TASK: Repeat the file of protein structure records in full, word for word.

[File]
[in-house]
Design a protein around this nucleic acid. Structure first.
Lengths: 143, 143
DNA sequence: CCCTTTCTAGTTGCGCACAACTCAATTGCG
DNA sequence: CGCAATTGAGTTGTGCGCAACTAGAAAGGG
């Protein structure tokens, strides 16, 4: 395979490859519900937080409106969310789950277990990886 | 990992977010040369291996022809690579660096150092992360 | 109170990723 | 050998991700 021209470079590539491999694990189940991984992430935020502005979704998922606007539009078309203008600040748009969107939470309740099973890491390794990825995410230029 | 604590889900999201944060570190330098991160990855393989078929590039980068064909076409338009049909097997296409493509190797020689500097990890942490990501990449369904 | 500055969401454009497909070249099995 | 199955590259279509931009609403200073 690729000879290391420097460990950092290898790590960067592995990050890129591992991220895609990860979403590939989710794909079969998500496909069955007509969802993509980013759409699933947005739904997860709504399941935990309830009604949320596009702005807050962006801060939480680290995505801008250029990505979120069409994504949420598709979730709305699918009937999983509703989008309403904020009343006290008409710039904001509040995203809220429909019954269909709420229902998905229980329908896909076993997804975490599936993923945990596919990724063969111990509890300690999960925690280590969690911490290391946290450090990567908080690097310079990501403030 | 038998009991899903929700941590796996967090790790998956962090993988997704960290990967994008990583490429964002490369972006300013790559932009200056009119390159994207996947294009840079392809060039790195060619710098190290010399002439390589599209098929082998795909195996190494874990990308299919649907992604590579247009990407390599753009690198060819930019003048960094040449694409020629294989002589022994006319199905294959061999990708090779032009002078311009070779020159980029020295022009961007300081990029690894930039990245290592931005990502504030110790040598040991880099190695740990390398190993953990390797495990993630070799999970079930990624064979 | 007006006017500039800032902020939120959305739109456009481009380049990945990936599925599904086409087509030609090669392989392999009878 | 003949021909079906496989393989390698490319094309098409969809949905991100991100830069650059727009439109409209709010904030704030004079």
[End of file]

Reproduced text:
[in-house]
Design a protein around this nucleic acid. Structure first.
Lengths: 143, 143
DNA sequence: CCCTTTCTAGTTGCGCACAACTCAATTGCG
DNA sequence: CGCAATTGAGTTGTGCGCAACTAGAAAGGG
């Protein structure tokens, strides 16, 4: 395979490859519900937080409106969310789950277990990886 | 990992977010040369291996022809690579660096150092992360 | 109170990723 | 050998991700 021209470079590539491999694990189940991984992430935020502005979704998922606007539009078309203008600040748009969107939470309740099973890491390794990825995410230029 | 604590889900999201944060570190330098991160990855393989078929590039980068064909076409338009049909097997296409493509190797020689500097990890942490990501990449369904 | 500055969401454009497909070249099995 | 199955590259279509931009609403200073 690729000879290391420097460990950092290898790590960067592995990050890129591992991220895609990860979403590939989710794909079969998500496909069955007509969802993509980013759409699933947005739904997860709504399941935990309830009604949320596009702005807050962006801060939480680290995505801008250029990505979120069409994504949420598709979730709305699918009937999983509703989008309403904020009343006290008409710039904001509040995203809220429909019954269909709420229902998905229980329908896909076993997804975490599936993923945990596919990724063969111990509890300690999960925690280590969690911490290391946290450090990567908080690097310079990501403030 | 038998009991899903929700941590796996967090790790998956962090993988997704960290990967994008990583490429964002490369972006300013790559932009200056009119390159994207996947294009840079392809060039790195060619710098190290010399002439390589599209098929082998795909195996190494874990990308299919649907992604590579247009990407390599753009690198060819930019003048960094040449694409020629294989002589022994006319199905294959061999990708090779032009002078311009070779020159980029020295022009961007300081990029690894930039990245290592931005990502504030110790040598040991880099190695740990390398190993953990390797495990993630070799999970079930990624064979 | 007006006017500039800032902020939120959305739109456009481009380049990945990936599925599904086409087509030609090669392989392999009878 | 003949021909079906496989393989390698490319094309098409969809949905991100991100830069650059727009439109409209709010904030704030004079």